FROM Tucker Carrington
Barbour's Pardons and Mississippi's History of Unjust Prosecutions Mississippi's former Governor Haley Barbour waited two days before explaining why he pardoned 200 convicts before leaving office this week. He said most already had been released and that all deserved the right to get jobs, vote and be licensed to hunt. But a judge blocked more than 21 pardons and four convicted killers may have to go back to jail. Judge Tomie Green agreed with an outraged Mississippi Attorney General Jim Hood that some may have violated the state constitution, which requires a notice of possible pardons be published in local newspapers for 30 days. Tucker Carrington is Director of the Mississippi Innocence Project, based at the University of Mississippi School of Law.
Replacing Obamacare: Now you see it… now you don’t As the Senate deliberates replacing Obmacare, health coverage for millions of people is at stake. There've been no public hearings, and a draft measure won't be made public. Is the House version so unpopular that that Senate is hiding a version that looks much the same?
Ex-FBI Director Comey tells his side of the story Today, former FBI Director James Comey came close to calling the President who fired him a liar. The White House denied the claim and called it insulting, but Republican Senators did not challenge Comey’s truthfulness. Many questions remain: did the President try to obstruct a federal investigation? Later, we’ll go behind the “velvet rope” for a look at 5-Star health care for the richest Americans.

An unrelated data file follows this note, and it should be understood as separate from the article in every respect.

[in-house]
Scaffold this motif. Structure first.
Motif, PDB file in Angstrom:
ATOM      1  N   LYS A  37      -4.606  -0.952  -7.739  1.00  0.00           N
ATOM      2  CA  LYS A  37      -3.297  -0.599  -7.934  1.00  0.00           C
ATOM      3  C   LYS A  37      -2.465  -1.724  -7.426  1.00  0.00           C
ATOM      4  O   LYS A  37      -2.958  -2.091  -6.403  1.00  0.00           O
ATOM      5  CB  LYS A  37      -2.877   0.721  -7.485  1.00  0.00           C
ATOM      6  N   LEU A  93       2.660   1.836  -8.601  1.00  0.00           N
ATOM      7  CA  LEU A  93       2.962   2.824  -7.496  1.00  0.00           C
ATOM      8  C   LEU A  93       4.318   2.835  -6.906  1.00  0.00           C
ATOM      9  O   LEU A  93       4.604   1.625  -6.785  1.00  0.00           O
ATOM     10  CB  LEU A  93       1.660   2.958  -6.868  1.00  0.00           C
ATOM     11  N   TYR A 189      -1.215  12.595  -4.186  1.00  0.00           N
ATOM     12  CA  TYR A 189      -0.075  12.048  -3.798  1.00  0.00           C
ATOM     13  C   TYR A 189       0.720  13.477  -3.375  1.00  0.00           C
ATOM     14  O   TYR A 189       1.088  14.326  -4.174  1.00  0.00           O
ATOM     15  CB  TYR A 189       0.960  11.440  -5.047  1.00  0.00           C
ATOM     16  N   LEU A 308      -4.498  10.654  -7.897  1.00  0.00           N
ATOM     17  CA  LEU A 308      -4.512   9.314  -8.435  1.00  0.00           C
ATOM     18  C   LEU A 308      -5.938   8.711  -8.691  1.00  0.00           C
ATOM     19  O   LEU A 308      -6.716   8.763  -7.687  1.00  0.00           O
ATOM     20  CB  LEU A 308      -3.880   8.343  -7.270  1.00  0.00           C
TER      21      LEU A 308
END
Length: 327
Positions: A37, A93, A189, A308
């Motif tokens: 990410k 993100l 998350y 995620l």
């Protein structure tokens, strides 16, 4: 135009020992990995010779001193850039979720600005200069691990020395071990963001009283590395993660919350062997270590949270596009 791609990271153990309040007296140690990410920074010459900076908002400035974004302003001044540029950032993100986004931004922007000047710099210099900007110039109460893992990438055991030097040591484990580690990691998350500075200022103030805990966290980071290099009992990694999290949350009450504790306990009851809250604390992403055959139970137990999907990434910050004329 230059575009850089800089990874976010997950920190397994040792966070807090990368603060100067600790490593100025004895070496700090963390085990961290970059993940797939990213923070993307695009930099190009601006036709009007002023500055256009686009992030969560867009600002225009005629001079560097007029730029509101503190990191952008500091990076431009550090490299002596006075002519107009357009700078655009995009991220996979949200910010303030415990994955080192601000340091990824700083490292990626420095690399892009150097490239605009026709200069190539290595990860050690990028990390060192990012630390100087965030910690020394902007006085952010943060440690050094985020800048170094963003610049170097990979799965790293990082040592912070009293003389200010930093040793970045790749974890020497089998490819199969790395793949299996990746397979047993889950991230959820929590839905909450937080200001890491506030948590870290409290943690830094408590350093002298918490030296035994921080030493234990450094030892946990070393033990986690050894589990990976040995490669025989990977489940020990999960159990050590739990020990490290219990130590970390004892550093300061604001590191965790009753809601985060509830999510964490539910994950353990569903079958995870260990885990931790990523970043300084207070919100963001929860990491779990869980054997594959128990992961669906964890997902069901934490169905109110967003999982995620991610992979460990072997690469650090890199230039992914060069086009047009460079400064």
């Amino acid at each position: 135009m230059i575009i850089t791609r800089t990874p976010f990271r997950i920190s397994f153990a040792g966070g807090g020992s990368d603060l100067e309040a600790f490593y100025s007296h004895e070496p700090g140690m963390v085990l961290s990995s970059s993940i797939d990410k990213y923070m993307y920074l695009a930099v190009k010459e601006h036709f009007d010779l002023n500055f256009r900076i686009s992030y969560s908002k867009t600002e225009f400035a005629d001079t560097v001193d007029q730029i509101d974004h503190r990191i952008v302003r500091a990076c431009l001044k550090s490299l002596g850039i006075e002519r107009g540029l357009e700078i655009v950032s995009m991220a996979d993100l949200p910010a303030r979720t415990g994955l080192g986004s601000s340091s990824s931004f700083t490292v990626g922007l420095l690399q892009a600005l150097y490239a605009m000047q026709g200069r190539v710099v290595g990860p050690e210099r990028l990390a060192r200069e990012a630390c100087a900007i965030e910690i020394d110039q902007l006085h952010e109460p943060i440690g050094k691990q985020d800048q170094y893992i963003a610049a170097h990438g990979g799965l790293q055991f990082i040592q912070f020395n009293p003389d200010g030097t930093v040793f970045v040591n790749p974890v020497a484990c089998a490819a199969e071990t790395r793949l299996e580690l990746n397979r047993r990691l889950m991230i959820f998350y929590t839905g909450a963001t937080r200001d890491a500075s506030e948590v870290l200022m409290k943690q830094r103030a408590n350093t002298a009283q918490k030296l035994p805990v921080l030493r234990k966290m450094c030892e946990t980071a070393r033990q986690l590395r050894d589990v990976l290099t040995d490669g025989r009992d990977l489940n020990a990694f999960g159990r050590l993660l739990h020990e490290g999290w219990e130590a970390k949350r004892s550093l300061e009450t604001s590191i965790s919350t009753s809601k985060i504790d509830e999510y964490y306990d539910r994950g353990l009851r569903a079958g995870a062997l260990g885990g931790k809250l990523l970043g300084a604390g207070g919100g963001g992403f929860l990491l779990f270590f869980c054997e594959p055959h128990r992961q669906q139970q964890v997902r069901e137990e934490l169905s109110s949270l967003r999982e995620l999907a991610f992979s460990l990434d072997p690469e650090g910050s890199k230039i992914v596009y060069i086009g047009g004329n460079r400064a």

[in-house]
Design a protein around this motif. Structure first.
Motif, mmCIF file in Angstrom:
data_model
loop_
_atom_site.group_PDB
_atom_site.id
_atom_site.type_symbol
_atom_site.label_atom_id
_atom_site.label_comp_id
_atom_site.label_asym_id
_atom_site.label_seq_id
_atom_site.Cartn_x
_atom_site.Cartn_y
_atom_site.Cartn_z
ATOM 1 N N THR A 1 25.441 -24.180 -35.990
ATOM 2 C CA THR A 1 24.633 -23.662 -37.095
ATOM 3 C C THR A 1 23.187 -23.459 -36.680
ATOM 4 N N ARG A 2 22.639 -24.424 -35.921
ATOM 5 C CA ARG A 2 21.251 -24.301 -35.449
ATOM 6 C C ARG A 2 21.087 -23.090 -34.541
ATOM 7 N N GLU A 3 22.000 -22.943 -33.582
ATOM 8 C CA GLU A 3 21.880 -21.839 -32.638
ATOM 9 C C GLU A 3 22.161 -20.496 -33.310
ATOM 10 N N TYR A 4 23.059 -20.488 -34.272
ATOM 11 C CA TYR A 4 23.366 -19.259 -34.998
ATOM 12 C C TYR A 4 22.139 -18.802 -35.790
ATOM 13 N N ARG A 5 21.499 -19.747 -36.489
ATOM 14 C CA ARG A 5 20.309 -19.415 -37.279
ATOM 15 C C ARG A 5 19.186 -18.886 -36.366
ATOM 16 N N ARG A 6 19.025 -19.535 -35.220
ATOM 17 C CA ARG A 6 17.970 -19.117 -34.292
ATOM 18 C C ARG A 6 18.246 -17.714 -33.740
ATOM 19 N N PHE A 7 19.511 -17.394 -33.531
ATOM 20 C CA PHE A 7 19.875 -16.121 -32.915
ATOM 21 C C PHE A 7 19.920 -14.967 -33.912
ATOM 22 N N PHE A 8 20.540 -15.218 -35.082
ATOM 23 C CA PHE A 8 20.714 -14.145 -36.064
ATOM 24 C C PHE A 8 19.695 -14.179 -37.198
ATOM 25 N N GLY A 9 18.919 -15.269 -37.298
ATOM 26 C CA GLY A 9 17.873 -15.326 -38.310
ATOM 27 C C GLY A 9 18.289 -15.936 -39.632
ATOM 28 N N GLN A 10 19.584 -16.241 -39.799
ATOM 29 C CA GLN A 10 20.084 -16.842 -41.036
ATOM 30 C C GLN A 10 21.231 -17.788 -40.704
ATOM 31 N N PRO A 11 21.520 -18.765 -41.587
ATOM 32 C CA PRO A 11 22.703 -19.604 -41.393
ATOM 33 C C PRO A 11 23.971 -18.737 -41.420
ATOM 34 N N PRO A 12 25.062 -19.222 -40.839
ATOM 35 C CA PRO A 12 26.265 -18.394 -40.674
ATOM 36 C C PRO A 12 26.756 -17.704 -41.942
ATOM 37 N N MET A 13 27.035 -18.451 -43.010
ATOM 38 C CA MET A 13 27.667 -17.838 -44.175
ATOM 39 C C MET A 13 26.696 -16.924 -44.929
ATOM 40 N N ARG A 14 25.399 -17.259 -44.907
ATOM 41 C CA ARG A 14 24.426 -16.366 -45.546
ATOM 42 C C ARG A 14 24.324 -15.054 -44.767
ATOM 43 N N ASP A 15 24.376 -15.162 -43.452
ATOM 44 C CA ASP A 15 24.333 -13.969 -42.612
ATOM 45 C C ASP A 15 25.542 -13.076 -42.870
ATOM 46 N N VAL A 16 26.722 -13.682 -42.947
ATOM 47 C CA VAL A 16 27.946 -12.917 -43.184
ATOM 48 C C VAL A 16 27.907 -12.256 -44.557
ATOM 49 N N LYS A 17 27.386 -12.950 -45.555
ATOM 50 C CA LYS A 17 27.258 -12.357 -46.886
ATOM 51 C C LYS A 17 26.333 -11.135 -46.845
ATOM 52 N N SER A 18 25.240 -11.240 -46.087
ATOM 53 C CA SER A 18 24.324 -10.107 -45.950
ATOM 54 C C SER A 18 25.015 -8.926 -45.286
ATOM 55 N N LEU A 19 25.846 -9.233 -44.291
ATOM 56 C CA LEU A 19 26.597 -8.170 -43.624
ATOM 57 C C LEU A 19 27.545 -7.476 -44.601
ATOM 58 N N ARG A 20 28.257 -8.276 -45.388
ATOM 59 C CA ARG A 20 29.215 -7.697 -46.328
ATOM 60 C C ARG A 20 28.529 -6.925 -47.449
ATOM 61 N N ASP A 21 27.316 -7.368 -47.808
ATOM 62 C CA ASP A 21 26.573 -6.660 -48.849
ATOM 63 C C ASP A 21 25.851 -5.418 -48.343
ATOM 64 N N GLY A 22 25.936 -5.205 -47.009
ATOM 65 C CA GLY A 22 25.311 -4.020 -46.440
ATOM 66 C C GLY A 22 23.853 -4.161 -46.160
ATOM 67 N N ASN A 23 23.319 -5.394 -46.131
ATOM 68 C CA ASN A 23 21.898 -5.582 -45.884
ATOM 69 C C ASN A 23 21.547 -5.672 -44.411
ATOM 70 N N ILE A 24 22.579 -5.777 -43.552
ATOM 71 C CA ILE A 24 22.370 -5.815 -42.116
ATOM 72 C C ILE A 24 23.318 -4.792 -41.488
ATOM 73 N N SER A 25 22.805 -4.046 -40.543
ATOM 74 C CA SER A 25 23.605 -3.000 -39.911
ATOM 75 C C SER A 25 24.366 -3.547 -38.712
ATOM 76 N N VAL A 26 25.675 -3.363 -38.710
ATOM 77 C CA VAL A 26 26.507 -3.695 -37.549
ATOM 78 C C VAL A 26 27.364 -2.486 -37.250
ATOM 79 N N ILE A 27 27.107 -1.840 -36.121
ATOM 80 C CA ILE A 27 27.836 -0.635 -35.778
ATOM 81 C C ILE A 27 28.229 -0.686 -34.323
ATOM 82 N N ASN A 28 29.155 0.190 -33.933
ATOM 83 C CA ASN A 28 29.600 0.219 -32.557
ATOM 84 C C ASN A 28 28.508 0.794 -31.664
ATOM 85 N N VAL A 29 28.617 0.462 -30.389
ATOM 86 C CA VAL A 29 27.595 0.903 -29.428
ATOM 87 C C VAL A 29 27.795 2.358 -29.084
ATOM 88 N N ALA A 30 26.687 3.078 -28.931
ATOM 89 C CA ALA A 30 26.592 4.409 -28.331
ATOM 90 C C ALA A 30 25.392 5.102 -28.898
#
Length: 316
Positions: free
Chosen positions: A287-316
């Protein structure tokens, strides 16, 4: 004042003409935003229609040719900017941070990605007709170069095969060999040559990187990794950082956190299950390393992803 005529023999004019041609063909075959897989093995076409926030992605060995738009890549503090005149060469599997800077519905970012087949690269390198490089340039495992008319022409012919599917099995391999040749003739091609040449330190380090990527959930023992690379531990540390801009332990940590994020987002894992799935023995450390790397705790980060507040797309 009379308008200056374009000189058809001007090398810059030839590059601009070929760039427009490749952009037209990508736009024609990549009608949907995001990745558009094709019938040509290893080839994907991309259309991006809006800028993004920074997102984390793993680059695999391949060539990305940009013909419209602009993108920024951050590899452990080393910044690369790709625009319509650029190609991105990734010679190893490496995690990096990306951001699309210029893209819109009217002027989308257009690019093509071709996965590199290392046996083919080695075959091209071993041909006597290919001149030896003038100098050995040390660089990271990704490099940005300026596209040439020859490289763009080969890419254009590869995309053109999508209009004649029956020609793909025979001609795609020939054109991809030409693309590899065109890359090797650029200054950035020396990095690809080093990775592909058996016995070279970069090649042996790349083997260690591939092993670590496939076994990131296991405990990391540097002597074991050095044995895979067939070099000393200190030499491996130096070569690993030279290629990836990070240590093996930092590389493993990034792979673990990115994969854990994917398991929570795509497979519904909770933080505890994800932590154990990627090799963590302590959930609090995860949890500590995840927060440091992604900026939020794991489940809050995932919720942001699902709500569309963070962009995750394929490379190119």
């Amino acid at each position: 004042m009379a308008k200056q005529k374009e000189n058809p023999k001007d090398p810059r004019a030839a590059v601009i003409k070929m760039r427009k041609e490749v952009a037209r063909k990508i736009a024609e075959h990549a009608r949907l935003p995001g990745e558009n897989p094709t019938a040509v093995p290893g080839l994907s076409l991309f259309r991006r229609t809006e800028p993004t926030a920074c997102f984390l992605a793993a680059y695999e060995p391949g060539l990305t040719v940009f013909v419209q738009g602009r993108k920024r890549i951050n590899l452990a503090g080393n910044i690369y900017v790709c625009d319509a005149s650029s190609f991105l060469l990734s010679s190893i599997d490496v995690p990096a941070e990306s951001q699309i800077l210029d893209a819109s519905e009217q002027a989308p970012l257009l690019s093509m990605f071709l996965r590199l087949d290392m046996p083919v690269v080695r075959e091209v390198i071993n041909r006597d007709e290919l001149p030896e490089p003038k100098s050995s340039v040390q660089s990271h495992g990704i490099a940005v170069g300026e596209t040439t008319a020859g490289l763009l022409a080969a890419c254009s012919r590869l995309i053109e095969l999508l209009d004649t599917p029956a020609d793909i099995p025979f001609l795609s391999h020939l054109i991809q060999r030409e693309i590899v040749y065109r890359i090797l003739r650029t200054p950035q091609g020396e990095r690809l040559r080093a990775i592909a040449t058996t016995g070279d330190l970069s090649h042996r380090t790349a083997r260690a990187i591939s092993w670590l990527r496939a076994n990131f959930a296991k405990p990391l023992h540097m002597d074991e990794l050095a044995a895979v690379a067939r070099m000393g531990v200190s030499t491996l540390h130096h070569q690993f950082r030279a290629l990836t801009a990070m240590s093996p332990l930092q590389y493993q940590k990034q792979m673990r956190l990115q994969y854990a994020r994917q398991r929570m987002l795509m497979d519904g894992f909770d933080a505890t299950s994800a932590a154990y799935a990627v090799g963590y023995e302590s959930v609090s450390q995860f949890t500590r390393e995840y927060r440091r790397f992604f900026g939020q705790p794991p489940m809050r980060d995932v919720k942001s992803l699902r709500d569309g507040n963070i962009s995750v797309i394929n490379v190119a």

Venezuela spirals into economic and political chaos Venezuela, a country whose potential for prosperity is unmatched, finds itself on the verge of civil war. What sustains the repressive government? With time running out, guest host León Krauze looks at what the international community can do to pull the country from the edge of collapse.
Terrorism and tweets, hate speech and murder Just days before an election, Britain is coping with a rash of deadly terrorism, and Prime Minister Theresa May is on the defensive. And again today, President Trump has tweeted criticism of the Mayor of London. Later, a double murder in Portland, Oregon has revealed the ugly past of a supposedly “progressive” city. One immediate question: is “hate speech” protected by the First Amendment?